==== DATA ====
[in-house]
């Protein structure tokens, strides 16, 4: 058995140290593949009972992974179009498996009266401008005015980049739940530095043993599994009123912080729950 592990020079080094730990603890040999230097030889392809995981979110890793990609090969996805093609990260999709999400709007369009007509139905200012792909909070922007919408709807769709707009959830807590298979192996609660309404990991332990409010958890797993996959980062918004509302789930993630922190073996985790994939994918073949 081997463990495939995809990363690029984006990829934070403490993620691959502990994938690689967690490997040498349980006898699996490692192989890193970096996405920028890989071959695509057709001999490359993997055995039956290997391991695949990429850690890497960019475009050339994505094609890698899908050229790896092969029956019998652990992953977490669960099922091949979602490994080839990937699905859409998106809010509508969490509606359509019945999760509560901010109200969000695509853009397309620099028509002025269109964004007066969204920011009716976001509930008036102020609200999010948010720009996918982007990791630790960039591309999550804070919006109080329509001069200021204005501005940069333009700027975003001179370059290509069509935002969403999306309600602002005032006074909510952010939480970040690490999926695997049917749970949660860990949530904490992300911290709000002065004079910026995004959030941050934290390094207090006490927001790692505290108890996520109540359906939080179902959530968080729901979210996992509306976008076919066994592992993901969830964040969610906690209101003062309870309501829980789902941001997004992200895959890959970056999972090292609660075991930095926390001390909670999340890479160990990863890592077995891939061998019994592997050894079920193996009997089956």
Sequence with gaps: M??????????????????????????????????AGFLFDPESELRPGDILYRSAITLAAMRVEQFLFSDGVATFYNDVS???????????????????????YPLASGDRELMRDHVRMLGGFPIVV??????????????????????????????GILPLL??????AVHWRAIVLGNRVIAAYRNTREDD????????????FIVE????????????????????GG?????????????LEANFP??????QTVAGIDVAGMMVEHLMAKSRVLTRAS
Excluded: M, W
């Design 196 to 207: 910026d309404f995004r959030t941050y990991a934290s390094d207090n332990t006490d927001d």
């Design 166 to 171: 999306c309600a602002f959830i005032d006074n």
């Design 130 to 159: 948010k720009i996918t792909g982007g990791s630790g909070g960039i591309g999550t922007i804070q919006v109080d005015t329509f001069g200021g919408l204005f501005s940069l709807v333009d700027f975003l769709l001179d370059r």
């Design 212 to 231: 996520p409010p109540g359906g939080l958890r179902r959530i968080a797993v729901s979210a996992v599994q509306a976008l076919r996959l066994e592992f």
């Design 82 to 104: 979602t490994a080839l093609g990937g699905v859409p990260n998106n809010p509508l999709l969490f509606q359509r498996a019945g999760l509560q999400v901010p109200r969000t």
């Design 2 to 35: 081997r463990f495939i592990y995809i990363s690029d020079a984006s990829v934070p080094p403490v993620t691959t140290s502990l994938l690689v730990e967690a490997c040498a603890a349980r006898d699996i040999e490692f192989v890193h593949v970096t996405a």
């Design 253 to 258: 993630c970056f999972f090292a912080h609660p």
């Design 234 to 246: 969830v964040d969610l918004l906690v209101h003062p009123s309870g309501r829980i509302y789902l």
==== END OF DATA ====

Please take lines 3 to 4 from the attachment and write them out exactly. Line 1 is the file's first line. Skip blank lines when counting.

Sequence with gaps: M??????????????????????????????????AGFLFDPESELRPGDILYRSAITLAAMRVEQFLFSDGVATFYNDVS???????????????????????YPLASGDRELMRDHVRMLGGFPIVV??????????????????????????????GILPLL??????AVHWRAIVLGNRVIAAYRNTREDD????????????FIVE????????????????????GG?????????????LEANFP??????QTVAGIDVAGMMVEHLMAKSRVLTRAS
Excluded: M, W